Does a whopping 67% also want their taxes raised dramatically to balance said budget?

Certainly not. They want massive spending cuts in programs that benefit the Undeserving Other.

Posted by: shortstop on November 20, 2009 at 9:33 AM | PERMALINK

I'll bet that same 67 percent, or almost all of it, will also say the budget deficit can be reduced without raising taxes or cutting Social Security, Medicare, and military spending.
The primary problem with U.S. governance is that the average American voter is full of it. Delusional. Unwilling to accept basic facts of arithmetic that might require THEM to do something to fix things.
That's why we will continue to drift down the leadership scale well below GW Bush. It's taking more and more fantastical lies to acquire popularity.

Posted by: JMG on November 20, 2009 at 9:37 AM | PERMALINK

As so often, Krugman has the best word on this. Two of the last sentences of today's column: "Banks are still weak, and credit is still tight; we desperately need more government aid to the financial sector. But try to talk to an ordinary voter about this, and the response you’re likely to get is: 'No way. All they’ll do is hand out more money to Wall Street.'"

http://www.nytimes.com/2009/11/20/opinion/20krugman.html?_r=1&adxnnl=1&ref=opinion&adxnnlx=1258725819-MNuKPIN3ajT50FOL0dW8UQ

Posted by: ericfree on November 20, 2009 at 9:39 AM | PERMALINK

It's possible that a majority of Americans believe the deficit real, while spending to fix the economy is ineffectual. If that were true, increasing the deficit would not be a good idea.

For example, they might believe they are being taxed so that massive bonuses could be paid to Goldman Sachs employees, an unusual undeserving other, but still and undeserving other.

Posted by: foosion on November 20, 2009 at 9:46 AM | PERMALINK

When Democracy fails...

Which is why it's important that policymakers not base policy decisions on illiteracy.

But what happens when those elected to do policy are dumber than their electors?
I believe there is snatch of internet poetry that captures this moment: We're. So. Fucked.

Of course the deeper question is how did we manage to dig into this hole?
Why would citizens elect dumb officials?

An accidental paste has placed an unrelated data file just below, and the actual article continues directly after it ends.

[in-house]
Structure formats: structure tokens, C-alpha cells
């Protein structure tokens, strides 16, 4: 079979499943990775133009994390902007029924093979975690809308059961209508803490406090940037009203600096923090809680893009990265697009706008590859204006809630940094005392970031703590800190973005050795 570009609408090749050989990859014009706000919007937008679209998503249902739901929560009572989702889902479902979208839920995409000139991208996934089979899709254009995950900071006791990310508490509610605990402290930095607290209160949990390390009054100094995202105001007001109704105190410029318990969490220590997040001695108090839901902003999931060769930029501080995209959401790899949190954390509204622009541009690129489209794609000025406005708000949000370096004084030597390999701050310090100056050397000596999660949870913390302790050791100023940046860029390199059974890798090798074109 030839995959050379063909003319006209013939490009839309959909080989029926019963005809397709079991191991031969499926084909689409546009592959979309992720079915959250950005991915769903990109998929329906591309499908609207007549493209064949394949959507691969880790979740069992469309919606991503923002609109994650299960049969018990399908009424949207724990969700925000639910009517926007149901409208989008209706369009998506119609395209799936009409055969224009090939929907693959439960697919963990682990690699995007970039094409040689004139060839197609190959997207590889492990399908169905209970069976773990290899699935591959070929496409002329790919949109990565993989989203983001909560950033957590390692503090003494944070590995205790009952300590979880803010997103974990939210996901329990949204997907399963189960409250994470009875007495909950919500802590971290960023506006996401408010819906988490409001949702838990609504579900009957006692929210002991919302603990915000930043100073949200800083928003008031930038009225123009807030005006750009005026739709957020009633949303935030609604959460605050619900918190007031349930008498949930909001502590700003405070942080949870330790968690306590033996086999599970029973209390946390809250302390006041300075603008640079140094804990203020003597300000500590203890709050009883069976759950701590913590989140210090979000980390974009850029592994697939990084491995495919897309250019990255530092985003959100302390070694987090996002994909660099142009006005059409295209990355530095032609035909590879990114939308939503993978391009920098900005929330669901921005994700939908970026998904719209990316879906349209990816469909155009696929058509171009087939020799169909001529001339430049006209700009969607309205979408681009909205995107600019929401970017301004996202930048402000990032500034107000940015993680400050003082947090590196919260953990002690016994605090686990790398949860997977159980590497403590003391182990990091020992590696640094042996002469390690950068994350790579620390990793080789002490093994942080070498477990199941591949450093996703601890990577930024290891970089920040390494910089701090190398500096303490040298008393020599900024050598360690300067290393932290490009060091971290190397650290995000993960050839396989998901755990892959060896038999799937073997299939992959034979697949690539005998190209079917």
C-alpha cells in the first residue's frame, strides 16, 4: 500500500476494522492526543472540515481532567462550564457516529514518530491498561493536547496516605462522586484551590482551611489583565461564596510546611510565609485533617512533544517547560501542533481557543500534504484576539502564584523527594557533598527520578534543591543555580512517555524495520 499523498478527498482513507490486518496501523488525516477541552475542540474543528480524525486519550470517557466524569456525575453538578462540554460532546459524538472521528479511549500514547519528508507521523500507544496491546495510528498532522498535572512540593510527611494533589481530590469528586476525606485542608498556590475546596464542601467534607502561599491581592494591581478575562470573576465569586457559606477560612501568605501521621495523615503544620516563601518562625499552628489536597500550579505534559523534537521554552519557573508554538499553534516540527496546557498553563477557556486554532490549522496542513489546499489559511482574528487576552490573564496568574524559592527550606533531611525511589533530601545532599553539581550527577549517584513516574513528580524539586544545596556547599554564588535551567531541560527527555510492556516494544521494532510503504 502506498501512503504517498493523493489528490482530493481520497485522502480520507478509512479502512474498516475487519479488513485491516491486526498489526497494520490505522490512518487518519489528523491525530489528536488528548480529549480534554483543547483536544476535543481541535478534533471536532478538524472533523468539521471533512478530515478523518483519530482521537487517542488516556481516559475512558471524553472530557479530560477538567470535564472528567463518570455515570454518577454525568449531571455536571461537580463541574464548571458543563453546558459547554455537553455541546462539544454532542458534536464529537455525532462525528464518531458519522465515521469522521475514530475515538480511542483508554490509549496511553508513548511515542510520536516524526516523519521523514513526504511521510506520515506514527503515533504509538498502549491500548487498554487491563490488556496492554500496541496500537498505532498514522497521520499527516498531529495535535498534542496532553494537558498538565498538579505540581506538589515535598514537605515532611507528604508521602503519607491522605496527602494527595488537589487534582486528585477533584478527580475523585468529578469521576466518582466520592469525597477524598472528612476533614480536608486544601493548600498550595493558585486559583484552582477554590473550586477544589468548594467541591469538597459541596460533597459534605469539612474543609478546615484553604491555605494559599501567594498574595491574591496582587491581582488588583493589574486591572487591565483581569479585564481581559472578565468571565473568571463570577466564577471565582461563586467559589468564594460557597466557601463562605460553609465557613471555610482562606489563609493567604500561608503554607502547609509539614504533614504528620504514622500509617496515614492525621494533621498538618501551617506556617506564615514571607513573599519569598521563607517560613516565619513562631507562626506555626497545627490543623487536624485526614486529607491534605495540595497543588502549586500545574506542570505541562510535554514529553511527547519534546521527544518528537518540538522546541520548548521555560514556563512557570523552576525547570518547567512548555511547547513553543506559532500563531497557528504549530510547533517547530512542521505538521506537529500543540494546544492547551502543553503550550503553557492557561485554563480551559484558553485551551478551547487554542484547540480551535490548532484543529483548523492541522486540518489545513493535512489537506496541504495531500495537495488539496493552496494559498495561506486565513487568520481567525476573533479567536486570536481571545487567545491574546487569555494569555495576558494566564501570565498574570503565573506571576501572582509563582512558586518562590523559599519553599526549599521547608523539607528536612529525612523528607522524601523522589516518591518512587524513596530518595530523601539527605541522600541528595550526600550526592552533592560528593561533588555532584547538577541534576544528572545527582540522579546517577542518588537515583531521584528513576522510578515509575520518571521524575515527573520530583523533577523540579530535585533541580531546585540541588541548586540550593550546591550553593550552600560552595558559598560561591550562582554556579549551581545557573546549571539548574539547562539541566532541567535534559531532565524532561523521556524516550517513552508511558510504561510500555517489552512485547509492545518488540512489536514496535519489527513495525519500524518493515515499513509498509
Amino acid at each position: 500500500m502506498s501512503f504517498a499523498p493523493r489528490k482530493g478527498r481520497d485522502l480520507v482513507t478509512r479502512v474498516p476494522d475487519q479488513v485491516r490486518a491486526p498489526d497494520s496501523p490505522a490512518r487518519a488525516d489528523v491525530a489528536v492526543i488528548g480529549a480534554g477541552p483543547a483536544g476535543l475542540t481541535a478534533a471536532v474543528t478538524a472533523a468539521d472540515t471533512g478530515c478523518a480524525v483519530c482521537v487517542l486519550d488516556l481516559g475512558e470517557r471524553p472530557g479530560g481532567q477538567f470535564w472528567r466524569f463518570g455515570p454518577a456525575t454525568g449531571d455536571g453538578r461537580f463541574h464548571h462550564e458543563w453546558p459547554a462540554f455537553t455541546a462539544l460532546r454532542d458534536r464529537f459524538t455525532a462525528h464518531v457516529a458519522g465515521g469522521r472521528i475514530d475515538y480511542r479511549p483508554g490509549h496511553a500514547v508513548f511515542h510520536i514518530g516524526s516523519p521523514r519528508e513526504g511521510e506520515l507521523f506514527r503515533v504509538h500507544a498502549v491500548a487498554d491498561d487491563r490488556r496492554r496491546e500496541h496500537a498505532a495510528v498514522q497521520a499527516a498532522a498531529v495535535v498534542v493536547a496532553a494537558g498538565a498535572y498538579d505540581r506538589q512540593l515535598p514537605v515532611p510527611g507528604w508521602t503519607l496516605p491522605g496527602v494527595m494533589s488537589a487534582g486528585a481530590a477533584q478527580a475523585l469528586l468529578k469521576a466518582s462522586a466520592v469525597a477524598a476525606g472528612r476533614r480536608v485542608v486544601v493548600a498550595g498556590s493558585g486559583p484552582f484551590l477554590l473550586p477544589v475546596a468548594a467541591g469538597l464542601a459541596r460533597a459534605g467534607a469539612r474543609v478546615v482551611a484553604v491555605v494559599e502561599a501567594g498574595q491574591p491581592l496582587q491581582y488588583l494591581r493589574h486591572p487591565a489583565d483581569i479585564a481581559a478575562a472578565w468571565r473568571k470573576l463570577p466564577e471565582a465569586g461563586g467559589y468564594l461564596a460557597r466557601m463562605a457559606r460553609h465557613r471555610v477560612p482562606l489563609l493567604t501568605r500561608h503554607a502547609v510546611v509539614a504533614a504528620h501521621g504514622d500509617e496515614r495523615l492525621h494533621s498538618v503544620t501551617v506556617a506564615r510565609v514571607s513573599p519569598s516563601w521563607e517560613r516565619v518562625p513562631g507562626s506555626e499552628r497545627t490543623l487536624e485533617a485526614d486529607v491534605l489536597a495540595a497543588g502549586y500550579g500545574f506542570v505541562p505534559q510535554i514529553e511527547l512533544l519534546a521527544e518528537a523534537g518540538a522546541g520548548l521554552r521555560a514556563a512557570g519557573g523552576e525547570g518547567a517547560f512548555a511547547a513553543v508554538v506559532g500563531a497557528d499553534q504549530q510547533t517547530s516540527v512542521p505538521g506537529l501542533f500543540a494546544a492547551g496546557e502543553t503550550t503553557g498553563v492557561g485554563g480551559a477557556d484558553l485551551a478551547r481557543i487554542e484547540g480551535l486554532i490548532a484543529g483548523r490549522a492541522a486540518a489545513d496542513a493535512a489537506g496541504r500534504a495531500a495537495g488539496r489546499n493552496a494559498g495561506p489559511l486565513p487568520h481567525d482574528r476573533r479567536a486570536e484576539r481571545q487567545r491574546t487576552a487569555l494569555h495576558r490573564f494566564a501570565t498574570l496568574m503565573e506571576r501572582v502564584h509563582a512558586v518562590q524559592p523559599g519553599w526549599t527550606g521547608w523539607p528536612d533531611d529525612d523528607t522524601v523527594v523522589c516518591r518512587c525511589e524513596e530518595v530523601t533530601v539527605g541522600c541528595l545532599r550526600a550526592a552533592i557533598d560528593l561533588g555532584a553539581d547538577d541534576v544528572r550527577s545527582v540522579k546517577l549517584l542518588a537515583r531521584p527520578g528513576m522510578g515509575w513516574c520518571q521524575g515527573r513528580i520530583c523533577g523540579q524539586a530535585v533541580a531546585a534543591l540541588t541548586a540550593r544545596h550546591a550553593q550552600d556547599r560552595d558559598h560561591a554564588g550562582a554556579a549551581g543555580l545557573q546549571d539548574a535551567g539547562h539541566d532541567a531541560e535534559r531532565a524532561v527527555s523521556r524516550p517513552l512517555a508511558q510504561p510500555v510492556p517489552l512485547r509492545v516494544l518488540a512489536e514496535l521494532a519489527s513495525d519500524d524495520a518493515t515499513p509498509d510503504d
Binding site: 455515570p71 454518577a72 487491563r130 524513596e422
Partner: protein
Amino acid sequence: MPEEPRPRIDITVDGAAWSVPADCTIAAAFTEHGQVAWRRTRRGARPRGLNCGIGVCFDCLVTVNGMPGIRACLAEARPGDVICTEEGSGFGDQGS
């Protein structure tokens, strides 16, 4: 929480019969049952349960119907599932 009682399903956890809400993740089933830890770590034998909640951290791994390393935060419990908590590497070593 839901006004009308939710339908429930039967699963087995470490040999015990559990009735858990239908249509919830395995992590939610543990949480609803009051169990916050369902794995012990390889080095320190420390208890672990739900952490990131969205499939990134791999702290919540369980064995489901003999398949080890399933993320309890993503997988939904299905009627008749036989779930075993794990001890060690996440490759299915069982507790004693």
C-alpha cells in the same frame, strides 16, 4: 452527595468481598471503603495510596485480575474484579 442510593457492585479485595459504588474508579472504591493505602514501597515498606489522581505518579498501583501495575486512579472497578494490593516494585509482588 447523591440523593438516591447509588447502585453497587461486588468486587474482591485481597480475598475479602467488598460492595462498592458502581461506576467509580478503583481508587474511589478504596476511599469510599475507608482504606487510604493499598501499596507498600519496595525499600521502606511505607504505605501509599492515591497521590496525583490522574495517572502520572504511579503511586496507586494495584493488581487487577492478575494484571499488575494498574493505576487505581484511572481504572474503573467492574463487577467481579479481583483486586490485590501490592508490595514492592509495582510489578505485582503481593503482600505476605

Why would they willfully poison their Democracy so?

I think we know the answer: The dumb officials have the same Culture War values as their electors. And those values trump intellect, literacy, honesty and every other value you can think of.

This is why those that have driven this Culture War, insisted on it, and profited off of it are our most dangerous enemies. And yeah: I am talking about Murdoch/Limbaugh/et al.

For a long time I didn't understand all this...
And wondering why Steve focused so much on these creatures.
Why so many posts on Beck and Hannity and Crazy?

I now know.
These people are destroying our democracy: minute by minute by minute...

Posted by: koreyel on November 20, 2009 at 10:03 AM | PERMALINK

GDP = C + Inv + G
If C (consumption) is negative and
I (Investment) is negative
Please do tell me what MUST be positive in order for GNP to grow?
Simple answers to simple questions...
You'd be surprised how many people stop railing about deficits when given this simple formulation.

Posted by: JMK on November 20, 2009 at 10:05 AM | PERMALINK

According to this poll their little Weimar strategy is working quite well -- better and faster than expected.-neill

And wondering why Steve focused so much on these creatures.
Why so many posts on Beck and Hannity and Crazy?I now know.
These people are destroying our democracy: minute by minute by minute...-koreyel


A good little breakdown of the Weimar Strategy by Robert Freeman can be found @ http://www.informationclearinghouse.info/article22211.htm

It very much helps explain why the Republican party is fighting every.single.effort.by.Obama.

Posted by: oh my on November 20, 2009 at 10:12 AM | PERMALINK

The Republicans spent eight years setting up an economic catastrophe that cannot be fully rectified in the two years between Congressional elections. So, according to the dynamics of our elections, that means the incompetents who caused the problem must be returned to power? Something is wrong here.

Posted by: bob h on November 20, 2009 at 10:13 AM | PERMALINK

Two quotes come to mind when I read articles like this:

No one ever went broke underestimating the intelligence of the American people. H.L. Mencken

And:

I knew it. I'm surrounded by assholes. -Dark Helmet

Posted by: doubtful on November 20, 2009 at 10:20 AM | PERMALINK

It is interesting that one in four on average indicated it was both parties at fault. I am glad I don't take investment advice from Steve or this group. I expressed the oppion that they would inflate their way out. Here it comes. Low inflation, but the dollar keeps losing value. You indicated I was ill informed. We shall see.

Posted by: EC Sedgwick on November 20, 2009 at 10:33 AM | PERMALINK

So, when the polls show support for the public option -- even though a Pew survey found that over 40% of the public didn't associate that term with health care -- you tout it as if Congress should do the public's bidding.

But, when a survey shows people blame Democrats instead of Republicans for the economy, then they're illiterate and should be ignored.

I think you've sufficiently demonstrated your intellectual integrity on this one.

Posted by: freemas on November 20, 2009 at 10:34 AM | PERMALINK